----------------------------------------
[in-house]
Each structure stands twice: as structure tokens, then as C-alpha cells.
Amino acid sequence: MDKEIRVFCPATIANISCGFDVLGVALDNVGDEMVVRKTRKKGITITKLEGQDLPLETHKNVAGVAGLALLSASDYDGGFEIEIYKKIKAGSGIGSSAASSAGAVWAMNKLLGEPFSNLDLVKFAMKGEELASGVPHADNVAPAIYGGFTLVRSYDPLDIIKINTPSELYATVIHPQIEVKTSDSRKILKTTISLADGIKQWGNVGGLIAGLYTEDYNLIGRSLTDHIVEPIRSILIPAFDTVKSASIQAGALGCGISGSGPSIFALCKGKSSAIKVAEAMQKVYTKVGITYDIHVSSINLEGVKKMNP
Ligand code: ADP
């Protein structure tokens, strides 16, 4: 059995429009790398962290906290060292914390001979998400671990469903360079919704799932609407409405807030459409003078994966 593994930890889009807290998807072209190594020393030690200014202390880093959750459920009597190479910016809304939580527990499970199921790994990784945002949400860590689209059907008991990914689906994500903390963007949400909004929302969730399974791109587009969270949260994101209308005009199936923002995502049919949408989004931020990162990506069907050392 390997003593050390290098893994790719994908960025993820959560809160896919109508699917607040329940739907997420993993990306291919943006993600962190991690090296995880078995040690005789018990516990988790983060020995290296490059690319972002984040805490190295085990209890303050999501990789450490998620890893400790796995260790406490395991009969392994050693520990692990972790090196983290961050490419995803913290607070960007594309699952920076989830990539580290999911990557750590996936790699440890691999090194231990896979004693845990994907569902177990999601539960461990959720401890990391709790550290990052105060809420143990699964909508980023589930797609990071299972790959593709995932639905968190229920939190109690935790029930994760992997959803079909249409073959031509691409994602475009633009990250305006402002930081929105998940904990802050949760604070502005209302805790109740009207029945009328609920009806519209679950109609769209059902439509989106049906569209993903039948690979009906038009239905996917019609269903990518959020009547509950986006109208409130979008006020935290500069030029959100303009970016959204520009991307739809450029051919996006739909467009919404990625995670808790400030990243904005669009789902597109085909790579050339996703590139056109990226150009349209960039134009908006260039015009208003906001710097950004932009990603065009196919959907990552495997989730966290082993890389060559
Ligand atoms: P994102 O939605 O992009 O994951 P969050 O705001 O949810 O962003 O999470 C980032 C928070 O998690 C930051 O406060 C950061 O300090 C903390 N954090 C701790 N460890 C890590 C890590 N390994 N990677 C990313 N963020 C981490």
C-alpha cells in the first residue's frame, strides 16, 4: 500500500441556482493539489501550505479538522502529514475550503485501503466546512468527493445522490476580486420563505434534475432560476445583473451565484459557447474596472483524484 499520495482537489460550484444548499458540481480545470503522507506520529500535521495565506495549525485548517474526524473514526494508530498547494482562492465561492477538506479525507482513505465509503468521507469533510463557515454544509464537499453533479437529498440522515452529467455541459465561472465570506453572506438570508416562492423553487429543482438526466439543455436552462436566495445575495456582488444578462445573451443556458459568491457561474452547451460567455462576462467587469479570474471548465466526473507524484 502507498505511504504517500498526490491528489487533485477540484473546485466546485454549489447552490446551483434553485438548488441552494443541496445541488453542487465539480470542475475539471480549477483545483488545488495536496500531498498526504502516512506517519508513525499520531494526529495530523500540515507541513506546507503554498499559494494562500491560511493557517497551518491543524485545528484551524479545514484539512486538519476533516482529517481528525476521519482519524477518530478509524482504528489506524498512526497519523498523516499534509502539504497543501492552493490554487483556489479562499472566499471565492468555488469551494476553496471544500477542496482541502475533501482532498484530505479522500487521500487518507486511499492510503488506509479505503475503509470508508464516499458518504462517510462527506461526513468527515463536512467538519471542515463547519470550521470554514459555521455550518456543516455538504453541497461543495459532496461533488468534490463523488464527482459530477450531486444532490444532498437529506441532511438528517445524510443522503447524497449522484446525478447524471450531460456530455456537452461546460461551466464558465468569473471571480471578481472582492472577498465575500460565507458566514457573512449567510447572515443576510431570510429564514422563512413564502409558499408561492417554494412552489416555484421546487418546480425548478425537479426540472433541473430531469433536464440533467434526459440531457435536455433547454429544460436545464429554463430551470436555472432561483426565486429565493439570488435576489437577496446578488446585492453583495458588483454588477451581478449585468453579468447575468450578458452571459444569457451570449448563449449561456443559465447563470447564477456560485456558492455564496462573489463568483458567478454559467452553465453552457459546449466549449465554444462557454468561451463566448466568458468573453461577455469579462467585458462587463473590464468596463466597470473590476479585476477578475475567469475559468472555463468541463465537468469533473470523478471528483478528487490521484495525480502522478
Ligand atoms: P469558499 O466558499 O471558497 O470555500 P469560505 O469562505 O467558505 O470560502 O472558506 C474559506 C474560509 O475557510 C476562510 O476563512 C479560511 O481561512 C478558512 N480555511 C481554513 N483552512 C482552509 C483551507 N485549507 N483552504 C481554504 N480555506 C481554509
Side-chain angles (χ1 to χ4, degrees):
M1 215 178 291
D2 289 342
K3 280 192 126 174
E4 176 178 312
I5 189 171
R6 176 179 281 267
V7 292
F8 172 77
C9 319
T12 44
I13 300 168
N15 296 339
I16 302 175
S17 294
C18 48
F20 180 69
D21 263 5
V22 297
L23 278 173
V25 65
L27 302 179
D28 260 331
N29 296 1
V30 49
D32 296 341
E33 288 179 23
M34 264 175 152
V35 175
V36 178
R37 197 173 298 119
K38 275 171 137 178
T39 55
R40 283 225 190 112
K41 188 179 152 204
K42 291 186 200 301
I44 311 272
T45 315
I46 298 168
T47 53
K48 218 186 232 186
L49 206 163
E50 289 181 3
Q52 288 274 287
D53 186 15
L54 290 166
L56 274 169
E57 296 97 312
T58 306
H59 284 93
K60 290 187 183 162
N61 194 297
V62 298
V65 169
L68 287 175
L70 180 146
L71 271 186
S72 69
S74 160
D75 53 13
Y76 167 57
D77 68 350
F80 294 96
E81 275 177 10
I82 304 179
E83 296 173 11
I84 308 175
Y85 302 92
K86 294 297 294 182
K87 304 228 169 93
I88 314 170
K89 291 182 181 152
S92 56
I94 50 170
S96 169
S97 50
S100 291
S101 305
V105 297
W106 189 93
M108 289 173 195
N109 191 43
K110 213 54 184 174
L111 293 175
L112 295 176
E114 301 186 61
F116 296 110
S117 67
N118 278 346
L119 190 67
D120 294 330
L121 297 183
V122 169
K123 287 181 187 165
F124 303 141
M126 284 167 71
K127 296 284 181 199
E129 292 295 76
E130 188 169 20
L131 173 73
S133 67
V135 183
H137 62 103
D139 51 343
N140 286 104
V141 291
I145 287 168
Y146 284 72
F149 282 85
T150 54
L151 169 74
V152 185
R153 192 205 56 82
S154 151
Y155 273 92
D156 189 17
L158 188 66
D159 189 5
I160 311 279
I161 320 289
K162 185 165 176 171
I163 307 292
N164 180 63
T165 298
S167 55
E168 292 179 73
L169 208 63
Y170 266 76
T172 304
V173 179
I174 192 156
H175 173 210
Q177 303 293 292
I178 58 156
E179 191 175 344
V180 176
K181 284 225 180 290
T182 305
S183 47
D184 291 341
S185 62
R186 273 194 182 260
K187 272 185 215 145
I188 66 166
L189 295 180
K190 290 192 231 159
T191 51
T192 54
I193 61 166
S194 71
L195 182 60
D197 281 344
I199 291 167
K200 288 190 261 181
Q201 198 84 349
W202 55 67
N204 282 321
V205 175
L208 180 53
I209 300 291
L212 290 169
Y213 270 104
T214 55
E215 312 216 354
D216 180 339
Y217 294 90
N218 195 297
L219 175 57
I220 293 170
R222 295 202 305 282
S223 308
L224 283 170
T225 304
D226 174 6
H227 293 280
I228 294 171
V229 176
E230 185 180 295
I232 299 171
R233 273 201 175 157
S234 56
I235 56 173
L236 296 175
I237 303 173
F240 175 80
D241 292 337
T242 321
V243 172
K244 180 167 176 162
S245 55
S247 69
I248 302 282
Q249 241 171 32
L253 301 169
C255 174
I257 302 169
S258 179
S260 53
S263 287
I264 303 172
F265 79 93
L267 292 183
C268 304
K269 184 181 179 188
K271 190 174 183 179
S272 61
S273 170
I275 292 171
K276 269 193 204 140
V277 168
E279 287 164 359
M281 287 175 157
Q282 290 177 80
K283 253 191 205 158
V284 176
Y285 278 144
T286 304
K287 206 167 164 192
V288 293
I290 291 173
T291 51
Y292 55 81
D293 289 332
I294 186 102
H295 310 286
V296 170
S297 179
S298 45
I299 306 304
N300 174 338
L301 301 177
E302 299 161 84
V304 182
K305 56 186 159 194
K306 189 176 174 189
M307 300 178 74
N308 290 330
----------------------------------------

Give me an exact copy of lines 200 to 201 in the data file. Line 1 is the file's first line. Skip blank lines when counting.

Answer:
I248 302 282
Q249 241 171 32